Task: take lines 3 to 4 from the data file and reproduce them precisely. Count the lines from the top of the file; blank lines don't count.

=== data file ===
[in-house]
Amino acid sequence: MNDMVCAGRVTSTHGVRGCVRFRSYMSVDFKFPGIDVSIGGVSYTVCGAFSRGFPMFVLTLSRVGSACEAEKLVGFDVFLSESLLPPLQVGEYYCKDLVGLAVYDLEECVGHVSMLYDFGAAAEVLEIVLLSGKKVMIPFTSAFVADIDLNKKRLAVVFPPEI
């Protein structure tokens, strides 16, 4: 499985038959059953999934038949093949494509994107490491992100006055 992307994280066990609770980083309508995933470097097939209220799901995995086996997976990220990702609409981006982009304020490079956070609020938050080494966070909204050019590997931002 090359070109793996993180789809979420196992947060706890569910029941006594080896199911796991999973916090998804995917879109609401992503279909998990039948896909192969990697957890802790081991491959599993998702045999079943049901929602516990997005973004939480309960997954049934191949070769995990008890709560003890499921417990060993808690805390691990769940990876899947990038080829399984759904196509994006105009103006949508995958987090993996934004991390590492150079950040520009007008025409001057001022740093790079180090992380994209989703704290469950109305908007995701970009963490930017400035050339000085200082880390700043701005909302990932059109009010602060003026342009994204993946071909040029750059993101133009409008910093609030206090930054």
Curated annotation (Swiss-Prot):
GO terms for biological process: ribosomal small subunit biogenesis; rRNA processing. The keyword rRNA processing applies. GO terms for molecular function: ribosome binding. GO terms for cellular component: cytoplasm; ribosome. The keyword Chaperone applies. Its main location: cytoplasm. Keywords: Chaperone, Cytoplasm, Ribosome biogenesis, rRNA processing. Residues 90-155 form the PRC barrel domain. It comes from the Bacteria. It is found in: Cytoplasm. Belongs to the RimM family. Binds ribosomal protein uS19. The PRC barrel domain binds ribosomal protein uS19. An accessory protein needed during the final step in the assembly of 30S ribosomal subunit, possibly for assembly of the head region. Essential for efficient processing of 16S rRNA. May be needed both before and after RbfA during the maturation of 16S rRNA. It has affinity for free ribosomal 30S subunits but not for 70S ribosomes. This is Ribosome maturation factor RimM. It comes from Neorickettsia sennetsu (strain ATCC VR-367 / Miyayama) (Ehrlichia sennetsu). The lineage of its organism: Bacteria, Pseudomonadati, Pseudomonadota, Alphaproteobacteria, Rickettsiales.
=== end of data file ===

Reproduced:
């Protein structure tokens, strides 16, 4: 499985038959059953999934038949093949494509994107490491992100006055 992307994280066990609770980083309508995933470097097939209220799901995995086996997976990220990702609409981006982009304020490079956070609020938050080494966070909204050019590997931002 090359070109793996993180789809979420196992947060706890569910029941006594080896199911796991999973916090998804995917879109609401992503279909998990039948896909192969990697957890802790081991491959599993998702045999079943049901929602516990997005973004939480309960997954049934191949070769995990008890709560003890499921417990060993808690805390691990769940990876899947990038080829399984759904196509994006105009103006949508995958987090993996934004991390590492150079950040520009007008025409001057001022740093790079180090992380994209989703704290469950109305908007995701970009963490930017400035050339000085200082880390700043701005909302990932059109009010602060003026342009994204993946071909040029750059993101133009409008910093609030206090930054």
Curated annotation (Swiss-Prot):